On Osama

This is the “Debbie-Downer” of posts.

People are celebrating because Osama bin Laden has been killed.

But while I can’t really claim to have liked the guy, I’m not feeling all of the celebration and enthusiasm for his death.

First off, I’m not quite sure this changes anything. Those who died on September 11, 2001 will not return; the troops from Afghanistan will not be coming home any sooner; we do not get to undo the damage and death that has ravaged Afghanistan since our troops arrived; we do not get to bring back those who have died serving us and our country; finally, terrorism will continue because terrorism is based not on the livelihood of a particular person, but on the survival of a particular idea – namely, that God has a big problem with some people and requires someone to take up arms to defend God and harm or kill those who seem to be offending God.

And this idea is not extinguished when the God-offenders kill the God-defenders.

Secondly, how is a Christian supposed to respond to the murder of a mass-murderer?

I can’t and won’t claim to speak for an entire religious community. I can’t even come to a conclusion myself as the feelings are difficult to discern. But speaking for myself, here are my thoughts so far:

As a Christian, I proclaim that every person is a child of God (regardless of who they are or how they act).

As a Christian, I proclaim that it is the Peacemakers that are blessed.

As a Christian, I believe that we are to pray for and Love our enemies (difficult though it may be).

As a Christian, I believe that we are to forgive those who “trespass against us.”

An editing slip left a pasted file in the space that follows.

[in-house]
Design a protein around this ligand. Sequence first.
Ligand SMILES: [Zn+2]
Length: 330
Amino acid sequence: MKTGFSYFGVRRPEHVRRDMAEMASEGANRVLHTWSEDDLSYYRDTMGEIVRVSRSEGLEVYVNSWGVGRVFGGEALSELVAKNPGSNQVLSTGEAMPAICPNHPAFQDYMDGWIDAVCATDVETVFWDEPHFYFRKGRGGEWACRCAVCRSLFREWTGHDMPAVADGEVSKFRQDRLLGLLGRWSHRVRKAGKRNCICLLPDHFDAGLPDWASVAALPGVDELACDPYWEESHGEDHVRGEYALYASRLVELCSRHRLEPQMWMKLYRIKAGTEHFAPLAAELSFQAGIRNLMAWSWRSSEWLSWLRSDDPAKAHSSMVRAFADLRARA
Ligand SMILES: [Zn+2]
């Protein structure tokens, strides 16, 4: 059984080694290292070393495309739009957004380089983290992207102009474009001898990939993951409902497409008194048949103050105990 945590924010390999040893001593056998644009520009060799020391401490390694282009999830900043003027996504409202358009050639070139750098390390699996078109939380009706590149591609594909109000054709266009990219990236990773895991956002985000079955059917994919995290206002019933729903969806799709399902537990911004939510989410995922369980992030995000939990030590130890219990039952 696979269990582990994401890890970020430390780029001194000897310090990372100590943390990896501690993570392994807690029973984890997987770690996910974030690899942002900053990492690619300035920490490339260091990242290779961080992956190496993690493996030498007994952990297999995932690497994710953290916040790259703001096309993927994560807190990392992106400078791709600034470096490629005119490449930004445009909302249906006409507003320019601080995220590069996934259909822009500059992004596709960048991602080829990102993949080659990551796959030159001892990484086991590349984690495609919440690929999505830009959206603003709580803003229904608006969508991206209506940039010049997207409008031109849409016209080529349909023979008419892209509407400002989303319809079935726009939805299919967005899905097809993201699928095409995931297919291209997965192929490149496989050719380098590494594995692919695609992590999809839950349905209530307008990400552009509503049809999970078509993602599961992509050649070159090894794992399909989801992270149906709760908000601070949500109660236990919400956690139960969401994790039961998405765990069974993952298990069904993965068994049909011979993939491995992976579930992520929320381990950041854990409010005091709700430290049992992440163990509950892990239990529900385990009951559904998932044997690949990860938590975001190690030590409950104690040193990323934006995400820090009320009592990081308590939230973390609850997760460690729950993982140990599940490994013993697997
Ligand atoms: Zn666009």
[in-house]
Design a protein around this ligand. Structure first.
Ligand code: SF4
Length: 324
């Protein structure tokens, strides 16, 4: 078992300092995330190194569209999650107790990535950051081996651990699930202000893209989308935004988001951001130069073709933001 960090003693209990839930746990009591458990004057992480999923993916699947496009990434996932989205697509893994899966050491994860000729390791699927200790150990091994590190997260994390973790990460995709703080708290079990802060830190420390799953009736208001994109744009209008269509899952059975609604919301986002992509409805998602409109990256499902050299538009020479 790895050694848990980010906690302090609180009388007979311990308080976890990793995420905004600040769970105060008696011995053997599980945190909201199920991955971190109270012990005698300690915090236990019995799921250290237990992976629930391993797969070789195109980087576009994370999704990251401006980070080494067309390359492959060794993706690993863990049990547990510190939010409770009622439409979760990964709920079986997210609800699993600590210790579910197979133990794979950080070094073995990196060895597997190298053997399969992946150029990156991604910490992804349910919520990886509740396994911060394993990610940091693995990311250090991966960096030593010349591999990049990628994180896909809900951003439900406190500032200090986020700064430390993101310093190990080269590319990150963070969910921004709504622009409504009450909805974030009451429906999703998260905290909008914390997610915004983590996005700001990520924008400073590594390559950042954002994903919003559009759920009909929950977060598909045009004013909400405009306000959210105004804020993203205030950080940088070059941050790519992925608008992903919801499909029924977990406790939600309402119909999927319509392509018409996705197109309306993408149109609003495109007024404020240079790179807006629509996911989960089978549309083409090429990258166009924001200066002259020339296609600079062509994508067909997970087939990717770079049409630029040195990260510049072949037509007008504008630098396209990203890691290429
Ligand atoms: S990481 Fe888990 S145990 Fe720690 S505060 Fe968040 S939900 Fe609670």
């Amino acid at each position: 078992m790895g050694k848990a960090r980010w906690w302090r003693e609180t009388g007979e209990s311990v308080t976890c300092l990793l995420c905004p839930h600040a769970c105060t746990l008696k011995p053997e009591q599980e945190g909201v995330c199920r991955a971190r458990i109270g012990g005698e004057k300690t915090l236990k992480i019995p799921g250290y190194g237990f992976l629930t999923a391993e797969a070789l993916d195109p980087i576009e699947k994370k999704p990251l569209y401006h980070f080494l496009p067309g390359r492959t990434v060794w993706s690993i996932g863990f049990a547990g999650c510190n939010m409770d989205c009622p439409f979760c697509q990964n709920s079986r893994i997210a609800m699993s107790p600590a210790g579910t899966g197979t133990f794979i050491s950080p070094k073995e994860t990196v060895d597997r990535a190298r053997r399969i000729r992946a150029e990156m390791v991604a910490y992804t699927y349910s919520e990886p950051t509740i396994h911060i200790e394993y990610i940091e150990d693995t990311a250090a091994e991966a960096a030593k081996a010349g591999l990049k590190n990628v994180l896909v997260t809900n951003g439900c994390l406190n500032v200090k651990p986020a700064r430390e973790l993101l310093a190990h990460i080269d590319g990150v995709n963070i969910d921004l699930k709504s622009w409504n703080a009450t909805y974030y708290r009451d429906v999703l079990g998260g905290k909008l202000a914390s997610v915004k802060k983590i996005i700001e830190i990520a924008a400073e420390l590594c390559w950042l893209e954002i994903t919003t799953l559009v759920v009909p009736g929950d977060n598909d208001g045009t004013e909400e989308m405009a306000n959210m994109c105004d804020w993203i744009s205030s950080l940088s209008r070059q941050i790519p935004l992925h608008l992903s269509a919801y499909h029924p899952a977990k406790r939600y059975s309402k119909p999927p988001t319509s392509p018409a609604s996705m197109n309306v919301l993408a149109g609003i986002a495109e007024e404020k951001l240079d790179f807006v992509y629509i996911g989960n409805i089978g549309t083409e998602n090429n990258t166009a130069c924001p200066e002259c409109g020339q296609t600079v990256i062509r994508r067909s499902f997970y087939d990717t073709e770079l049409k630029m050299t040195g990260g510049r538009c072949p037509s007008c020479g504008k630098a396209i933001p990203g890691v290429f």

As a Christian, I believe in the reconciling, restoring, and resurrecting power of God’s Love.

As a Christian, I believe in the infinite grace of God that is made possible by God’s unconditional Love.

As a Christian, I believe that Osama bin Laden gave himself over to fear, hatred, and evil – all things that are far from the character of God – but God’s Love is greater than the worst of humanity.

Is not God’s Love what we place our hope and trust in rather than our own ability to return violence with violence?

Now, the President says that “all who welcome peace should be pleased” and that “justice has been done.” Can Peace be obtained through violence? Has it ever? Is Justice secured through war? Or are we merely talking about “Security,” which is a far cry from the presence of Shalom that Jesus and the prophets cried out for? Are we merely talking about simple retributive justice rather than the greater reciprocal justice that has the capacity to restore what has been lost?

We may have obtained greater security, but we have delayed Peace because we have not sought to bring about a bigger vision of Justice, instead settling for death in return for death.

So America defeats another enemy. Obama gets to top Trump’s pride about a foolish birth certificate with bin Laden’s death certificate. The Democrats get a leg-up on the Republicans for National Security. And America continues to be the nation that proudly claims we are “under God” though we seem to be very selective in choosing what aspects of our national life God will rule over.

As for me – one of many who are trying to follow the path of Christ – I do not believe I can celebrate bin Laden’s death; I do not believe I can wish that he burn in hell (partly because if God’s Grace is as big as it seems to be as we read in the bible, God can handle bin Laden).

Instead, I think we in the Church should be praying that more of God’s Love may breathe into us, that it may cast out the fear of our enemies, that we may Love them rather than praying for or celebrating their demise. We in the Church should be working for God’s vision of reciprocal and distributive Justice where exploitation and oppression are no more and bitterness, anger, and resentment are transformed. We in the Church should be holding up God’s vision of Shalom so that we may no longer mistake political stability and “security” for “peace.”